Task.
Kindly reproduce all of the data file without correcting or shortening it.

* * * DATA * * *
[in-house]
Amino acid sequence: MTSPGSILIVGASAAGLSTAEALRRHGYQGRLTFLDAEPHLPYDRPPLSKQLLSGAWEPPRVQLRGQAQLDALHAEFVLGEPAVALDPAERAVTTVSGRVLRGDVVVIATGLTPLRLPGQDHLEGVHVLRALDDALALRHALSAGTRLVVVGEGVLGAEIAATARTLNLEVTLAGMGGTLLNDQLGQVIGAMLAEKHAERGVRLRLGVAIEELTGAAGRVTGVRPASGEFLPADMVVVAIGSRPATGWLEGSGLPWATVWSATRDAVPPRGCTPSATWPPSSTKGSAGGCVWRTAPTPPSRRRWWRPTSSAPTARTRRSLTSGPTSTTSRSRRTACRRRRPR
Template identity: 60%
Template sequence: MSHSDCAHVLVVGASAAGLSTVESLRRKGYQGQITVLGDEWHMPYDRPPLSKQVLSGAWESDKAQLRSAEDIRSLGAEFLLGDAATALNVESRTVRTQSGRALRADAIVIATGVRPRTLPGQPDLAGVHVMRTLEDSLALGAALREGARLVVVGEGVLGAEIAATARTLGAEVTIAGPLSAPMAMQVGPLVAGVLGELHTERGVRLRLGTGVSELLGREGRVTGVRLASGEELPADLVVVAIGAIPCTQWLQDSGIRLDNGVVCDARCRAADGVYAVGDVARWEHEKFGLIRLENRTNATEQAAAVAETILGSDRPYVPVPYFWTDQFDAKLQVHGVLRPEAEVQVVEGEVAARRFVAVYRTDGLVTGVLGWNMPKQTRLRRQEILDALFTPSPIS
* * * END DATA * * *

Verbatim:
[in-house]
Amino acid sequence: MTSPGSILIVGASAAGLSTAEALRRHGYQGRLTFLDAEPHLPYDRPPLSKQLLSGAWEPPRVQLRGQAQLDALHAEFVLGEPAVALDPAERAVTTVSGRVLRGDVVVIATGLTPLRLPGQDHLEGVHVLRALDDALALRHALSAGTRLVVVGEGVLGAEIAATARTLNLEVTLAGMGGTLLNDQLGQVIGAMLAEKHAERGVRLRLGVAIEELTGAAGRVTGVRPASGEFLPADMVVVAIGSRPATGWLEGSGLPWATVWSATRDAVPPRGCTPSATWPPSSTKGSAGGCVWRTAPTPPSRRRWWRPTSSAPTARTRRSLTSGPTSTTSRSRRTACRRRRPR
Template identity: 60%
Template sequence: MSHSDCAHVLVVGASAAGLSTVESLRRKGYQGQITVLGDEWHMPYDRPPLSKQVLSGAWESDKAQLRSAEDIRSLGAEFLLGDAATALNVESRTVRTQSGRALRADAIVIATGVRPRTLPGQPDLAGVHVMRTLEDSLALGAALREGARLVVVGEGVLGAEIAATARTLGAEVTIAGPLSAPMAMQVGPLVAGVLGELHTERGVRLRLGTGVSELLGREGRVTGVRLASGEELPADLVVVAIGAIPCTQWLQDSGIRLDNGVVCDARCRAADGVYAVGDVARWEHEKFGLIRLENRTNATEQAAAVAETILGSDRPYVPVPYFWTDQFDAKLQVHGVLRPEAEVQVVEGEVAARRFVAVYRTDGLVTGVLGWNMPKQTRLRRQEILDALFTPSPIS